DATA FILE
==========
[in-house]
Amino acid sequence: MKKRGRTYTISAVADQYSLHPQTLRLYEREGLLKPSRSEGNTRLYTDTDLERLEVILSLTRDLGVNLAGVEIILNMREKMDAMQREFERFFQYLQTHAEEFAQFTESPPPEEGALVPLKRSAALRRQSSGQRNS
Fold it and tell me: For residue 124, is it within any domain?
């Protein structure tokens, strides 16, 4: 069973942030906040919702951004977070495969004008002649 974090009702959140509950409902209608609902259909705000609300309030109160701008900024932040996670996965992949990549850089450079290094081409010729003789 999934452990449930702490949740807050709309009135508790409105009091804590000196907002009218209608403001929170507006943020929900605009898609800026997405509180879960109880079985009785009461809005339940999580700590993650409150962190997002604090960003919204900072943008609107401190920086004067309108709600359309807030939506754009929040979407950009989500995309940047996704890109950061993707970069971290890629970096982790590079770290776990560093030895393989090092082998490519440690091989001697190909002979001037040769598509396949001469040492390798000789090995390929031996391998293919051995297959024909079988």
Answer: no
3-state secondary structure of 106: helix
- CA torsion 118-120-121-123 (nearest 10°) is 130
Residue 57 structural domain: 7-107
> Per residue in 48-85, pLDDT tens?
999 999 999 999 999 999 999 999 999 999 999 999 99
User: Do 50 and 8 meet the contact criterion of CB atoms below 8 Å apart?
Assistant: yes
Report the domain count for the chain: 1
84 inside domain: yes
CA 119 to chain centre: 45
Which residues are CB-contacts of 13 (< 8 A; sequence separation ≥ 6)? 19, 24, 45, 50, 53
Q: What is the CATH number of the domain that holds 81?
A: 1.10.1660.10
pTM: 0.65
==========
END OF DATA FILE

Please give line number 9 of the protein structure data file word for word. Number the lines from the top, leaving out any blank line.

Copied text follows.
> Per residue in 48-85, pLDDT tens?